Momentum may be building for casinos in New Jersey to be located elsewhere than Atlantic City, with dueling proposals being made for casino-hotel megaplexes at the Meadowlands and in Jersey City.

William Thomas Cain, Getty Images

Peter Woolley, professor of political science at Fairleigh Dickinson University, said there are two components standing in the way of allowing casinos outside of Atlantic City -- and overcoming either obstacle is not a sure thing.

"One side of this is, you're going to have to cut a lot of deals with other people in the state if you're going to allow casinos outside of Atlantic City, because Atlantic City is going to want a piece of it," Woolley said. "Xanadu (the former name of the American Dream project at the Meadowlands) is going to want a piece of it. The racetracks are going to want a piece of it."

For the insiders and developers, this would be a complicated undertaking, and Woolley also said getting the residents of New Jersey to go along with the plan could be iffy at best. Public support is needed because voters would have to approve amending the state constitution to allow gambling outside of Atlantic City.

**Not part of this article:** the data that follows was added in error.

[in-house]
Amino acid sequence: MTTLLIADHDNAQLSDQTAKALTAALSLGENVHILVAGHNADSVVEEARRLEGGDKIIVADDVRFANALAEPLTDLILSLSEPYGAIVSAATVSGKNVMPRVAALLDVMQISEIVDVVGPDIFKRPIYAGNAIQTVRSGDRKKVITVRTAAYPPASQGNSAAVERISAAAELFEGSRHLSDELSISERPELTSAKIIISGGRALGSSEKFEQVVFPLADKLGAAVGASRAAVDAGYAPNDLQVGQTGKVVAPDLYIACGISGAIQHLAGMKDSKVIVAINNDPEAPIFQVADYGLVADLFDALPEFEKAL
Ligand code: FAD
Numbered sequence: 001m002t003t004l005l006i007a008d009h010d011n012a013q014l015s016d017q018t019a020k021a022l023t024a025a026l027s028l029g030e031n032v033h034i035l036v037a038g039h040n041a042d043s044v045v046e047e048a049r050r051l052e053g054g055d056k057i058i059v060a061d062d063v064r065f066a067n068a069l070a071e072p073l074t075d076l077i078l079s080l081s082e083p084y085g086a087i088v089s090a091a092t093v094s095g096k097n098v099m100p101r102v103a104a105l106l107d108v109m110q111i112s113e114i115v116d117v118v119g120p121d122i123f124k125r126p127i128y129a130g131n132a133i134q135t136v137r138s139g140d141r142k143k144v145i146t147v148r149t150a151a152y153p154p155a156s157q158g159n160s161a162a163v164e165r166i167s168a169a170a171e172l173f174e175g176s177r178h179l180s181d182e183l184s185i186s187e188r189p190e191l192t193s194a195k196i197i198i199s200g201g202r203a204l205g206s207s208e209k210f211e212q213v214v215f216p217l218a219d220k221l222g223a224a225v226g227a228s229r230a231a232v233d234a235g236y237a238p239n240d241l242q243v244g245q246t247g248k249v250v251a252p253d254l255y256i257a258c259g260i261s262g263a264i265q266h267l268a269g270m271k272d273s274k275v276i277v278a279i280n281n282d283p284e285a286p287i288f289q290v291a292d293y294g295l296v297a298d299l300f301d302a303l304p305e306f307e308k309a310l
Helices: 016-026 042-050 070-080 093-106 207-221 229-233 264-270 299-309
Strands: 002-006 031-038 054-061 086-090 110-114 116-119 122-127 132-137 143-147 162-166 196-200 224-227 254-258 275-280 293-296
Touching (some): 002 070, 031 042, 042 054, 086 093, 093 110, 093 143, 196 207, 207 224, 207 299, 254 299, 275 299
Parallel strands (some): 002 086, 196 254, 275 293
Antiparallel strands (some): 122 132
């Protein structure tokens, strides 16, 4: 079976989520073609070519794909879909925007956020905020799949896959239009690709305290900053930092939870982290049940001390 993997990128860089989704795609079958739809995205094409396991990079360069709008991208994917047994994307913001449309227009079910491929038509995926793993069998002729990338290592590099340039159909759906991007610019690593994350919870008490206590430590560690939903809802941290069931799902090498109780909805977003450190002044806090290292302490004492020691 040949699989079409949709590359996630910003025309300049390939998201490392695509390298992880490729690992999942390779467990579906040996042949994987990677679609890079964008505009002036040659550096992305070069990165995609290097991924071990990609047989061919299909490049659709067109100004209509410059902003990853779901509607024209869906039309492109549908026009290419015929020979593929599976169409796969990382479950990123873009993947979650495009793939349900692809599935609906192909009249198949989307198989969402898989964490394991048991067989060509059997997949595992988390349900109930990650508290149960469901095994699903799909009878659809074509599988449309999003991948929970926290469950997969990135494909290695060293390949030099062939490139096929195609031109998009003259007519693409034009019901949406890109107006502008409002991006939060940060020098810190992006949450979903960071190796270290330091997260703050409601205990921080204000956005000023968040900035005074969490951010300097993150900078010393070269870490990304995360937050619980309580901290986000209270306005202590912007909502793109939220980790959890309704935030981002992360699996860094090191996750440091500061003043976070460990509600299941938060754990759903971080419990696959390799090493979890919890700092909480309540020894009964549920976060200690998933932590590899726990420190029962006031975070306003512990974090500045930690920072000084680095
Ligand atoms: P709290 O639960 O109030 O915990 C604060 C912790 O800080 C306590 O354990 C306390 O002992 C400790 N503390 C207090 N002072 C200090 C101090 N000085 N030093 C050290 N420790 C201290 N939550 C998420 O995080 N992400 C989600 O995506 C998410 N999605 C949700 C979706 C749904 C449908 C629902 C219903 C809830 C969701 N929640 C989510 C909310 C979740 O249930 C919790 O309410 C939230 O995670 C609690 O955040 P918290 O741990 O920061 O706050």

"The public is going to have to give the green light or the red light to this kind of development, and there's a large part of the public which sees Atlantic City as a failure and doesn't want to replicate that failure outside of Atlantic City," Woolley said.

There's also a portion of the voting public that doesn't approve of gambling at all, according to recent FDU-PublicMind polls, and that could present another problem for supporters of expanding gaming.

"We've asked a number of times over the years whether the public would allow gaming outside of Atlantic City, and the response that comes back every time is opposed," Woolley said.